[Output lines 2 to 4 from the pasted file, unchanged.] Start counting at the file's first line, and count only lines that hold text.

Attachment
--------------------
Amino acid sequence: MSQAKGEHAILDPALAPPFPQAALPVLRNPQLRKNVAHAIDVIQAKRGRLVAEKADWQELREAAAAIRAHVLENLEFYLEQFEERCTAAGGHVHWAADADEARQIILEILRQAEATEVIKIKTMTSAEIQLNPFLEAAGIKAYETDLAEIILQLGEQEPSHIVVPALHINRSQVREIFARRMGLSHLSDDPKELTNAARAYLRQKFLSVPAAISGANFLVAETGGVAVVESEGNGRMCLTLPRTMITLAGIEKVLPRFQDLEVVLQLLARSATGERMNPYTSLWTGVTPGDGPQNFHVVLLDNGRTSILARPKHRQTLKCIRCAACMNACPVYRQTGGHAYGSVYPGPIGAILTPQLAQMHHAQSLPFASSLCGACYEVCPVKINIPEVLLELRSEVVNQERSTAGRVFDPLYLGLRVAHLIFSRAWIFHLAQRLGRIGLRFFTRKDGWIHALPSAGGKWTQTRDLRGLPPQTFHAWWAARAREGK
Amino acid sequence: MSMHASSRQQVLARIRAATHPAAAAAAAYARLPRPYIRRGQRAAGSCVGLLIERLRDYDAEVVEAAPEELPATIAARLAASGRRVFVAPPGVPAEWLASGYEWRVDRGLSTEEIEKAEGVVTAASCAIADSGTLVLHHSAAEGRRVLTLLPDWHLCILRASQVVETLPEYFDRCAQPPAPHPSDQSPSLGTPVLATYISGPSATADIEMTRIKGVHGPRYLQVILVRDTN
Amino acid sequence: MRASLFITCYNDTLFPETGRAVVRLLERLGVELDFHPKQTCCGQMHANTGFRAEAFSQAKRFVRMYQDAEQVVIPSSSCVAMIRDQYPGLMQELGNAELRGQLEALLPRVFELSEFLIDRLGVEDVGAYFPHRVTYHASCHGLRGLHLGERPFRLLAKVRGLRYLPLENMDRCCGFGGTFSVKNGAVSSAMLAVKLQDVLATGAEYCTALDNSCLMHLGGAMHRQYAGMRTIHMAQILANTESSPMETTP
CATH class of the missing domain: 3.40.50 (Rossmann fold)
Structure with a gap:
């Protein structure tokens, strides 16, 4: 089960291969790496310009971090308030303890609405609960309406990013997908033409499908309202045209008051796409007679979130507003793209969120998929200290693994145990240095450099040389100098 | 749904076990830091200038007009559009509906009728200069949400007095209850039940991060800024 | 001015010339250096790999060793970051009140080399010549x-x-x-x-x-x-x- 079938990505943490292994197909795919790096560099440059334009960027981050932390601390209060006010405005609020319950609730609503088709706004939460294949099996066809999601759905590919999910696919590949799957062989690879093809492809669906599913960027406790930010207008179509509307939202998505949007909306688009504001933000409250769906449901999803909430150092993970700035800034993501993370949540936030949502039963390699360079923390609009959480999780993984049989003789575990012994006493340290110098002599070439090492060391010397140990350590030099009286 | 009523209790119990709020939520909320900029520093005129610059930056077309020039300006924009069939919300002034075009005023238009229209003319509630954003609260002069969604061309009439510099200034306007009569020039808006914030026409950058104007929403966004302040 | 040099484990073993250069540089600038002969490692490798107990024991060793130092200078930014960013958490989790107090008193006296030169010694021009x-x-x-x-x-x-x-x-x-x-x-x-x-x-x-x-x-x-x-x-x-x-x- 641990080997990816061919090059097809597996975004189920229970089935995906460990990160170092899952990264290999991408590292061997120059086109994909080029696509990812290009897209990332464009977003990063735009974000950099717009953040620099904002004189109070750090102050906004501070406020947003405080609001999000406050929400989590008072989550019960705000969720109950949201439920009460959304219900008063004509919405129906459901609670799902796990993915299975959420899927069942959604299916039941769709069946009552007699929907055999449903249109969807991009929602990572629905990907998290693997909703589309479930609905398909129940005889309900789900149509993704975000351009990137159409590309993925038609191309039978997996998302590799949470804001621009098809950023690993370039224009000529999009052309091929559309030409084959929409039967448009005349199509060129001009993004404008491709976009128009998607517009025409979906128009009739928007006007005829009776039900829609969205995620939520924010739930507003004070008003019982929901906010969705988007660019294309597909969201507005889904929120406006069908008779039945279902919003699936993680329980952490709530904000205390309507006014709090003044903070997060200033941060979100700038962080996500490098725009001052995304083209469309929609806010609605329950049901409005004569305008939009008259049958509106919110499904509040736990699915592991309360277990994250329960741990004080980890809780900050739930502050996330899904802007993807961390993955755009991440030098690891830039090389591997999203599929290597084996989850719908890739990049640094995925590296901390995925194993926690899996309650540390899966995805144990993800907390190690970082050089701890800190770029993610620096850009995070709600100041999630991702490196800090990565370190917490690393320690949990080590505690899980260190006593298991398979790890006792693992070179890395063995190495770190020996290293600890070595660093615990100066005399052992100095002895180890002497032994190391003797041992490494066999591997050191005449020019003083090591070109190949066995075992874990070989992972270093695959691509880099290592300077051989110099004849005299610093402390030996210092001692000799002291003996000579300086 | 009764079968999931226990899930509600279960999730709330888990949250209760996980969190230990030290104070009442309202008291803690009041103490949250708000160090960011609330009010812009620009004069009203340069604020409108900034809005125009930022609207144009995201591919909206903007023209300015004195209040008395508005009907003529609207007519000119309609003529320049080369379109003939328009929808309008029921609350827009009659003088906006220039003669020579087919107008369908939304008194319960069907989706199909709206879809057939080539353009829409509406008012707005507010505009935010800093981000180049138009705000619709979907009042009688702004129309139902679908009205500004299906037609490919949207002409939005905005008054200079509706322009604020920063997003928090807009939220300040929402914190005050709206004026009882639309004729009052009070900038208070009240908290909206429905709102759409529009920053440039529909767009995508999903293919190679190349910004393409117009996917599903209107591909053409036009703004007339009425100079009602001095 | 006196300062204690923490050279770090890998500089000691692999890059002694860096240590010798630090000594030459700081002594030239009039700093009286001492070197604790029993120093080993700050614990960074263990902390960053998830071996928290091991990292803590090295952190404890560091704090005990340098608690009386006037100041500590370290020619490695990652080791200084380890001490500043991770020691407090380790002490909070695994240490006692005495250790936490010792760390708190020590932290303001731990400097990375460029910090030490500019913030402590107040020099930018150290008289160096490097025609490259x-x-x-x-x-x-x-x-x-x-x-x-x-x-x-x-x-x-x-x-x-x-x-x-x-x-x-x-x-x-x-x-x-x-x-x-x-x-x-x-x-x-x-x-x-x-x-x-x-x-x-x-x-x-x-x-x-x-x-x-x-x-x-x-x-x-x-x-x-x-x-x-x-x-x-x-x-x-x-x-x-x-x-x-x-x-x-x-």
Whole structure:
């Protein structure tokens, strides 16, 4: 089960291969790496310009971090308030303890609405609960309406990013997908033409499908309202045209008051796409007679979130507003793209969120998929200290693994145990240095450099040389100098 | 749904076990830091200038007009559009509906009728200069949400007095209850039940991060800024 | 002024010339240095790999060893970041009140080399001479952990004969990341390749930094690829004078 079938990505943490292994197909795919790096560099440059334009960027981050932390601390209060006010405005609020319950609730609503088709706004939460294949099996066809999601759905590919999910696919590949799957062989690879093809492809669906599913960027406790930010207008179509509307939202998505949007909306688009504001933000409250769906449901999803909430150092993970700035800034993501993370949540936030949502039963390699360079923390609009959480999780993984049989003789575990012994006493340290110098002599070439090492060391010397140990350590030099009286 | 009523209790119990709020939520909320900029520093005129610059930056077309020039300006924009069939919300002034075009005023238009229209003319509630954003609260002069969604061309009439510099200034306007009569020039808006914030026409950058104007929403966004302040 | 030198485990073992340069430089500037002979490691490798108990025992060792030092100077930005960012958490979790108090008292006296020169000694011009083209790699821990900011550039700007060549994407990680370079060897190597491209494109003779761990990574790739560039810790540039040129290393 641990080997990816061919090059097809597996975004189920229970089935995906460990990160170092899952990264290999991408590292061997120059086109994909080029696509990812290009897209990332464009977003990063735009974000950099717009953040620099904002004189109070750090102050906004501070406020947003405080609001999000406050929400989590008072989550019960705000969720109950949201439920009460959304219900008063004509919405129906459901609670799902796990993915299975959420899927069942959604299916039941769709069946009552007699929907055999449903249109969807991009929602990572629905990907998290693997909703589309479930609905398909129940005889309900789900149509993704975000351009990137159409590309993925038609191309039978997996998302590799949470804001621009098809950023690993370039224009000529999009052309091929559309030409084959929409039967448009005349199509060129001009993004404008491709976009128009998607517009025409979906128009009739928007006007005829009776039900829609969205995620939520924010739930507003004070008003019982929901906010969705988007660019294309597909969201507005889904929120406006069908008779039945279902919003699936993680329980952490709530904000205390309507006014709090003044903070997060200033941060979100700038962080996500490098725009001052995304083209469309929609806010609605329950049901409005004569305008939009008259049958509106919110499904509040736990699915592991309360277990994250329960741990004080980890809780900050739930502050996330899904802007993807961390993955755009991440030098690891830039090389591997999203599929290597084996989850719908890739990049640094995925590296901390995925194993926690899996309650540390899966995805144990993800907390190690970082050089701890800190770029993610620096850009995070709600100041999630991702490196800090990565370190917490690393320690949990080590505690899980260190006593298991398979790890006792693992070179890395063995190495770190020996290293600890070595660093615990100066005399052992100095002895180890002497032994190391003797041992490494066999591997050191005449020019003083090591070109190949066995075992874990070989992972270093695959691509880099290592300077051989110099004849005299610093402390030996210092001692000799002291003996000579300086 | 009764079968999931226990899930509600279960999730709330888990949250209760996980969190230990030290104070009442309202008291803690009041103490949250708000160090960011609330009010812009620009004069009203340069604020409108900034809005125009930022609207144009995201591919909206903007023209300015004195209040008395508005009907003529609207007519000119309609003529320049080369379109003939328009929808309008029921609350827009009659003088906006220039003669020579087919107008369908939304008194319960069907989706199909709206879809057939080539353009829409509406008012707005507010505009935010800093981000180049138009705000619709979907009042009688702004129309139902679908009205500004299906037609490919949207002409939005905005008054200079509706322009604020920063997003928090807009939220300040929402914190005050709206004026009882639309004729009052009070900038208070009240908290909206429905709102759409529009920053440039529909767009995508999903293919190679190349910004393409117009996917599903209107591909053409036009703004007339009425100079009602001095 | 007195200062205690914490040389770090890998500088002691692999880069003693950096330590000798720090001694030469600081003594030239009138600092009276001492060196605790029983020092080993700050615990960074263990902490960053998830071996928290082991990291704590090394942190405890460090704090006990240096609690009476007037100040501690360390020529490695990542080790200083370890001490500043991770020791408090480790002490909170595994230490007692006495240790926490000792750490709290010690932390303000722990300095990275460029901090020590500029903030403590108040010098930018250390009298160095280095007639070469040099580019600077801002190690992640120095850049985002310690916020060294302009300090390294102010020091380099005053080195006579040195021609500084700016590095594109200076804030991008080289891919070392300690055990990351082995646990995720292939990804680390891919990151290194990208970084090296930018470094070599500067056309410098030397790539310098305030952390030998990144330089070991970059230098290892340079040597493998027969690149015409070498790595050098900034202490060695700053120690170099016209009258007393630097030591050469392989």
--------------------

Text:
Amino acid sequence: MSMHASSRQQVLARIRAATHPAAAAAAAYARLPRPYIRRGQRAAGSCVGLLIERLRDYDAEVVEAAPEELPATIAARLAASGRRVFVAPPGVPAEWLASGYEWRVDRGLSTEEIEKAEGVVTAASCAIADSGTLVLHHSAAEGRRVLTLLPDWHLCILRASQVVETLPEYFDRCAQPPAPHPSDQSPSLGTPVLATYISGPSATADIEMTRIKGVHGPRYLQVILVRDTN
Amino acid sequence: MRASLFITCYNDTLFPETGRAVVRLLERLGVELDFHPKQTCCGQMHANTGFRAEAFSQAKRFVRMYQDAEQVVIPSSSCVAMIRDQYPGLMQELGNAELRGQLEALLPRVFELSEFLIDRLGVEDVGAYFPHRVTYHASCHGLRGLHLGERPFRLLAKVRGLRYLPLENMDRCCGFGGTFSVKNGAVSSAMLAVKLQDVLATGAEYCTALDNSCLMHLGGAMHRQYAGMRTIHMAQILANTESSPMETTP
CATH class of the missing domain: 3.40.50 (Rossmann fold)